It's Final -- Corn Ethanol Is Of No Use

OK, can we please stop pretending biofuel made from corn is helping the planet and the environment? The United Nations Intergovernmental Panel on Climate Change released two of its Working Group reports at the end of last month (WGI and WGIII), and their short discussion of biofuels has ignited a fierce debate as to whether they’re of any environmental benefit at all.

In 2013 the U.S. used 4.7 billion bushels of corn (40% of the harvest) to produce over 13 billion gallons of ethanol fuel. The grain required to fill a single 25-gal gas tank with ethanol can feed one person for a year, so the amount of corn used to make that 13 billion gallons of ethanol did not feed the almost 500 million people it was feeding fifteen years ago. This is the population of the entire Western Hemisphere outside of the United States. Some estimate that 30 million people are actually starving as a direct result of biofuel production (The Telegraph). Source: YES! Magazine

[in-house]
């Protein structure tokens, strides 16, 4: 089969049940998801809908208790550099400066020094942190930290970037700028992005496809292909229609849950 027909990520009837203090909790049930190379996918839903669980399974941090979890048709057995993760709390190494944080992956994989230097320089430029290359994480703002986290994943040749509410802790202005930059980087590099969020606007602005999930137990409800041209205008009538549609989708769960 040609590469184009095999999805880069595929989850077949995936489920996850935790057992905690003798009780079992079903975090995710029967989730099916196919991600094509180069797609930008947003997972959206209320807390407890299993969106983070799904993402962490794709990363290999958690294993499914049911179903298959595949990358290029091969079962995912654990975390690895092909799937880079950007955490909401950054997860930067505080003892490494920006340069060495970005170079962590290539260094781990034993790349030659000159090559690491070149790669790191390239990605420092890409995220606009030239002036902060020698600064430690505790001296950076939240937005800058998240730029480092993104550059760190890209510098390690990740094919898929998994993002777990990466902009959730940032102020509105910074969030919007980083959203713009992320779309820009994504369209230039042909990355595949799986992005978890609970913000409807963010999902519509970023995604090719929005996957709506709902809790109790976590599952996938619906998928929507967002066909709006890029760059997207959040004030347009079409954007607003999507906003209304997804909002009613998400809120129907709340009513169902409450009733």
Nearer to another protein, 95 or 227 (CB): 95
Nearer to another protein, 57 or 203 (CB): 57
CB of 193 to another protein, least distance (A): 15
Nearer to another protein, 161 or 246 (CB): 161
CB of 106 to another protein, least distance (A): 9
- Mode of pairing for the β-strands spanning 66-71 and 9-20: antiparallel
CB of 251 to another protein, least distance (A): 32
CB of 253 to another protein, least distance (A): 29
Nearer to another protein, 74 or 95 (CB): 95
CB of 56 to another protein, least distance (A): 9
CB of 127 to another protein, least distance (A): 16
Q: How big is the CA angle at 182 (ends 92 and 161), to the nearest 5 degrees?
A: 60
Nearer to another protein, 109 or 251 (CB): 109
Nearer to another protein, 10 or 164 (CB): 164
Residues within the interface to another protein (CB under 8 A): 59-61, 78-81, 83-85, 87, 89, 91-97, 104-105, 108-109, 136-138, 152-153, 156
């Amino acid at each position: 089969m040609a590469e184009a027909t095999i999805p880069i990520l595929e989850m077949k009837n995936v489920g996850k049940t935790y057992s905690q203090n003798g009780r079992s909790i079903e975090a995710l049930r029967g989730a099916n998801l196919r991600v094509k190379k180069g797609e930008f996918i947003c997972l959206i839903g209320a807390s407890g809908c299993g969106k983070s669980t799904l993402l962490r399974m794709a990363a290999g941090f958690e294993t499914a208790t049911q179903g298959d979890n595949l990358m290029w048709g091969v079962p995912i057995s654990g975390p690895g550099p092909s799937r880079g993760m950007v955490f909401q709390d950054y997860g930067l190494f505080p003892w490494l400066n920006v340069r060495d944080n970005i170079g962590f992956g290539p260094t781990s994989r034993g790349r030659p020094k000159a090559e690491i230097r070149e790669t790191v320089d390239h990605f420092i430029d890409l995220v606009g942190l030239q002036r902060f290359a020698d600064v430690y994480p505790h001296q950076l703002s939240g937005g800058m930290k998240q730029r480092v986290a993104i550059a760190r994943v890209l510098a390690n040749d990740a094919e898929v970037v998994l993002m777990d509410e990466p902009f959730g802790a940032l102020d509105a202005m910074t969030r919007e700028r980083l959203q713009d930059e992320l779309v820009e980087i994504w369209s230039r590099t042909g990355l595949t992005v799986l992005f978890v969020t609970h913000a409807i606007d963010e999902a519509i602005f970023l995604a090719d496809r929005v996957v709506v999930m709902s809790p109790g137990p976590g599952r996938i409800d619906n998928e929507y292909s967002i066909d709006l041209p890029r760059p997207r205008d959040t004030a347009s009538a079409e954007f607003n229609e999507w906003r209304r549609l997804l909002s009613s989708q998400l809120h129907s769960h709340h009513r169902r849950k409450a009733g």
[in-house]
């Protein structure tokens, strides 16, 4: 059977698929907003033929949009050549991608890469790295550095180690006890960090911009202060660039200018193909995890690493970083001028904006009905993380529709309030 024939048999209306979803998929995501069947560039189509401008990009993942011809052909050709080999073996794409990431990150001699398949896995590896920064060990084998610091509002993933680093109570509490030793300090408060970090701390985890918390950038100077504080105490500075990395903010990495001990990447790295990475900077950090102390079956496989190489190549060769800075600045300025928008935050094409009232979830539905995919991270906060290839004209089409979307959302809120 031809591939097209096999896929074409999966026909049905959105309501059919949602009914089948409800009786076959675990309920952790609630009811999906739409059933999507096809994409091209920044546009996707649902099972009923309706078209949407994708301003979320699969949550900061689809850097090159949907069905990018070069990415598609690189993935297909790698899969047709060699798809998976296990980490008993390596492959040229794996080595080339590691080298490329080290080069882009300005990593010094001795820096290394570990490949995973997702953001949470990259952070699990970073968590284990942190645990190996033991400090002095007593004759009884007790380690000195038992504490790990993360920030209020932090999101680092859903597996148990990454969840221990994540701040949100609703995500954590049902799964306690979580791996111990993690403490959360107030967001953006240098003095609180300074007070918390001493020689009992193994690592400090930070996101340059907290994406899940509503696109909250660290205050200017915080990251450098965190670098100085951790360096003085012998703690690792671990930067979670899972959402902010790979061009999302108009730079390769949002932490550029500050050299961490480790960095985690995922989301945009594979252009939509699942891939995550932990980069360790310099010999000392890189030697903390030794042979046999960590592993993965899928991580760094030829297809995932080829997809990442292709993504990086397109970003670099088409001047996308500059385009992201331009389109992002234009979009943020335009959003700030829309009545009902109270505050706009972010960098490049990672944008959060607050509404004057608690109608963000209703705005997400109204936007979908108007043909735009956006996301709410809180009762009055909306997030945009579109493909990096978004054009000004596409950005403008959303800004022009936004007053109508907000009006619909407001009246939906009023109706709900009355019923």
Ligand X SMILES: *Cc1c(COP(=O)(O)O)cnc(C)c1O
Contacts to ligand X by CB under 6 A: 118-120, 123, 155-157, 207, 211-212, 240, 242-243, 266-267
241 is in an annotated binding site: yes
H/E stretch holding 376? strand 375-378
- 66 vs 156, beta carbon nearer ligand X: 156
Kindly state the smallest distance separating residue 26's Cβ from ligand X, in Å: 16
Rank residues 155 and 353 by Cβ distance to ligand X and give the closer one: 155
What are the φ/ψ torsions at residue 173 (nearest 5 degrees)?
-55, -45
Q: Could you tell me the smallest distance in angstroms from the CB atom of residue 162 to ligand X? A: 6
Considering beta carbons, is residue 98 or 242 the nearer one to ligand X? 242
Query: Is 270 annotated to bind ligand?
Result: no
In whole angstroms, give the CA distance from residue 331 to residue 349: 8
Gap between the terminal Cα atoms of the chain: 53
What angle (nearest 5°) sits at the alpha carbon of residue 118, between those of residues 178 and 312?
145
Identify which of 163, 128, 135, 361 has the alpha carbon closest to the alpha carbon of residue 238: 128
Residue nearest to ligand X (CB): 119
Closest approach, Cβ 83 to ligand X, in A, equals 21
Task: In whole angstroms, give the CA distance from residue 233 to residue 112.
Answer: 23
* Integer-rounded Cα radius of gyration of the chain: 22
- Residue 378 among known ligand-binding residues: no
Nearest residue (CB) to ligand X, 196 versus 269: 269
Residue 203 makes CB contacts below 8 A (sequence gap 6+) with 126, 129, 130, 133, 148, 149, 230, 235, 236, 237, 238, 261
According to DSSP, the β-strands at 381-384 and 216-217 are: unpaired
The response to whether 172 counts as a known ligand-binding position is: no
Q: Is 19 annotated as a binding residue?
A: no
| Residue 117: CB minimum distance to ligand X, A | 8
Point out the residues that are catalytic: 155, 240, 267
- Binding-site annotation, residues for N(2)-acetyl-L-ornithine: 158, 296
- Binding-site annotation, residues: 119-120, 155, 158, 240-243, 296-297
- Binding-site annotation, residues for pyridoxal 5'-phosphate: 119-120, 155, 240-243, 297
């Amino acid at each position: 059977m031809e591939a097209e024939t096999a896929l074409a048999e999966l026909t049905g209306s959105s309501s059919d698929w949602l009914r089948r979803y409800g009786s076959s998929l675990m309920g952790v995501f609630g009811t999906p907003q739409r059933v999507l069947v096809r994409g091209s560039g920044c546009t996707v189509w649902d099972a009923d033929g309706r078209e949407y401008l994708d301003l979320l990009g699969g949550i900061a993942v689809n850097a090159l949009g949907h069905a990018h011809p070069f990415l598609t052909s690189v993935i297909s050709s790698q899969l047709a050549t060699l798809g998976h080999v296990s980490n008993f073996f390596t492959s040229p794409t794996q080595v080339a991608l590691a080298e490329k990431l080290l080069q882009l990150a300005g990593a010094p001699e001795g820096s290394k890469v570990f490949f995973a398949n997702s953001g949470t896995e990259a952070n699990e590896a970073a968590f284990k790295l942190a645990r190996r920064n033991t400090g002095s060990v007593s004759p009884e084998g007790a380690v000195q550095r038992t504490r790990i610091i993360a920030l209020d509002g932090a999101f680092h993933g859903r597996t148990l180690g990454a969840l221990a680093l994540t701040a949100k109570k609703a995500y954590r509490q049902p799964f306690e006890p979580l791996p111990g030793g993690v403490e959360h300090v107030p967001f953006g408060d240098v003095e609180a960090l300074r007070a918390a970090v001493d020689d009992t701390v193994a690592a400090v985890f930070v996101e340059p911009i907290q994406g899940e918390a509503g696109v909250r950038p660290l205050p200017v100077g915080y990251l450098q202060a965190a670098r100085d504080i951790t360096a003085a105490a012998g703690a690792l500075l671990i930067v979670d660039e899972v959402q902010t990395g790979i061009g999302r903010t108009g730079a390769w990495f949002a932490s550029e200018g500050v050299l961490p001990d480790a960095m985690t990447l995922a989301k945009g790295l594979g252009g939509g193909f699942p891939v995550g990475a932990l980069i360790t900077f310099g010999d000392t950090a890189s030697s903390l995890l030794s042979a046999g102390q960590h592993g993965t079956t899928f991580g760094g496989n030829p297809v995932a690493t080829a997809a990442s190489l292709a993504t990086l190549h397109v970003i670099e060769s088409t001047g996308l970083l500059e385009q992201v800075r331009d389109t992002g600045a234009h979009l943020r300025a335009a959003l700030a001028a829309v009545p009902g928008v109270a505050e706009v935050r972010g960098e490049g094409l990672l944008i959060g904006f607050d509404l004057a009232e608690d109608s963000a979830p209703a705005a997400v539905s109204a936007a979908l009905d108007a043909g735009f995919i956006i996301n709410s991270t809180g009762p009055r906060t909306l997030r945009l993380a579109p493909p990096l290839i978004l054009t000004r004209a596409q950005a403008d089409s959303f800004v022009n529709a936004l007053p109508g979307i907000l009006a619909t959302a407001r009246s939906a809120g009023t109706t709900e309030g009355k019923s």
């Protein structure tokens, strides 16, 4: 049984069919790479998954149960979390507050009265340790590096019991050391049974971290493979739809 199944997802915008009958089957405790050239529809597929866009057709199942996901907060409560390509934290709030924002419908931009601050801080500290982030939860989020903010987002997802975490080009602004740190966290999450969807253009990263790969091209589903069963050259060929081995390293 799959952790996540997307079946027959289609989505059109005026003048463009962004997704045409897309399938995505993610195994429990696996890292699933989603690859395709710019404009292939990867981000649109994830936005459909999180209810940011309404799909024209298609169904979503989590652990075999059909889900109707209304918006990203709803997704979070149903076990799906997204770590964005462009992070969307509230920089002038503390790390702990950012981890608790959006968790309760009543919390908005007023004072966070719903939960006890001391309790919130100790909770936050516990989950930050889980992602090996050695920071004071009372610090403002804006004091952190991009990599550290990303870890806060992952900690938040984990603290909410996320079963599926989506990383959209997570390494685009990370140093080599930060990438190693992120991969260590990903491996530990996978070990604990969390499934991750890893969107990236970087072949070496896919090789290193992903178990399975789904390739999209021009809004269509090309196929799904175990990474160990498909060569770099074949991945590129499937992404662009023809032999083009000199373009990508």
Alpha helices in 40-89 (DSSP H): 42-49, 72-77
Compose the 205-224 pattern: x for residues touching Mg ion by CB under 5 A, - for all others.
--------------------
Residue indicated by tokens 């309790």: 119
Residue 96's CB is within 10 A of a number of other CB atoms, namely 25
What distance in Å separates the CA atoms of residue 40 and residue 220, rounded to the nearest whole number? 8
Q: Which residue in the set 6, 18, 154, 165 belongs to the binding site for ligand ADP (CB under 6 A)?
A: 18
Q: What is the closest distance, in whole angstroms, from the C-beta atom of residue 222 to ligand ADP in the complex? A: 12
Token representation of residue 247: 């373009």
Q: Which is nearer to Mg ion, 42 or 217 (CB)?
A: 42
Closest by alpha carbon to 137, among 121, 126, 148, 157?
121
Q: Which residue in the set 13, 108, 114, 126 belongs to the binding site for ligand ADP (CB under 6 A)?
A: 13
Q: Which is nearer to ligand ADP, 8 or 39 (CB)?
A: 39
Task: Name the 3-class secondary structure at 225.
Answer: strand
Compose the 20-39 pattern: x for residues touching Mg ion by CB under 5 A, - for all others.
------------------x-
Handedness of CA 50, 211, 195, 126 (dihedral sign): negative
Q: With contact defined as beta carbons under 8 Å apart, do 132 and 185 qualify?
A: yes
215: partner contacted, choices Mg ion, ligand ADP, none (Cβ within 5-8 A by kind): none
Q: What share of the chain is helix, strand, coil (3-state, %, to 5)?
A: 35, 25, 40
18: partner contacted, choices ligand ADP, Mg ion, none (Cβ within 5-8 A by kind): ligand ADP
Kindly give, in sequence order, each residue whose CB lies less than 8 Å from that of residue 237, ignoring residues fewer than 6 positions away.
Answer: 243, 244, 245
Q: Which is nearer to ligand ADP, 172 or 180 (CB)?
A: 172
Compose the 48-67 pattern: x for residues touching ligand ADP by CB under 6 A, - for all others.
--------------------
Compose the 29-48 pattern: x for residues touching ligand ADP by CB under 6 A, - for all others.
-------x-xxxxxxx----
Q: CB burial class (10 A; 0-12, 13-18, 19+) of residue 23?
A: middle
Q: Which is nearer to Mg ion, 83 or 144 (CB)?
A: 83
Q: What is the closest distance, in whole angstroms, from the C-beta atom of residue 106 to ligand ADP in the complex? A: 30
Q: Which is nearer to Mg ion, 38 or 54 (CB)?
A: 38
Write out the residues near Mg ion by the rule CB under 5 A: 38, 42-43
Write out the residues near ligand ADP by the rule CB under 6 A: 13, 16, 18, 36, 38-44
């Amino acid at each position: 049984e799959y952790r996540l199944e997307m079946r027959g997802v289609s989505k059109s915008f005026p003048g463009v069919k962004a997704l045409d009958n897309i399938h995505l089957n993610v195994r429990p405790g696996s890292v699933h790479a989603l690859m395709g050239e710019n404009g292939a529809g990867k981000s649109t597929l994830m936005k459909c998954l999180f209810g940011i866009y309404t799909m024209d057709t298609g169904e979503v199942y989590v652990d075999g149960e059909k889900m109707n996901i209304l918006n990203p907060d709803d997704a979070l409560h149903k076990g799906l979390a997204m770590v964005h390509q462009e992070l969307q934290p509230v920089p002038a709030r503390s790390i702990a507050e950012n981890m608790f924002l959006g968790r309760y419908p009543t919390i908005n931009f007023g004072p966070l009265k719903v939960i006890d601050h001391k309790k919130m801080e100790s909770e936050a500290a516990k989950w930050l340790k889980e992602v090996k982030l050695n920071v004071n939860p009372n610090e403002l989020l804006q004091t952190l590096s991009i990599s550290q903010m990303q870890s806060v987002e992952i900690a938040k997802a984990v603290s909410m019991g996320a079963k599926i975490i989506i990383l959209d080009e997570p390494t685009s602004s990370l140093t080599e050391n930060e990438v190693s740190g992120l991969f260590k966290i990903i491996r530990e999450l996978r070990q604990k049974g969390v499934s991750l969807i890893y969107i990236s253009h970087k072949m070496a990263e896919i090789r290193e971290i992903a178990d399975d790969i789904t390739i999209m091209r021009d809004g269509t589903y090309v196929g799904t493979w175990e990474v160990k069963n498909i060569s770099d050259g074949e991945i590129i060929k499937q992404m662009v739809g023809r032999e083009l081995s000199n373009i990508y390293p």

The IPCC was quite diplomatic in its discussion, saying “Biofuels have direct, fuel‐cycle GHG emissions that are typically 30–90% lower than those for gasoline or diesel fuels. However, since for some biofuels indirect emissions—including from land use change—can lead to greater total emissions than when using petroleum products, policy support needs to be considered on a case by case basis” (IPCC 2014 Chapter 8).

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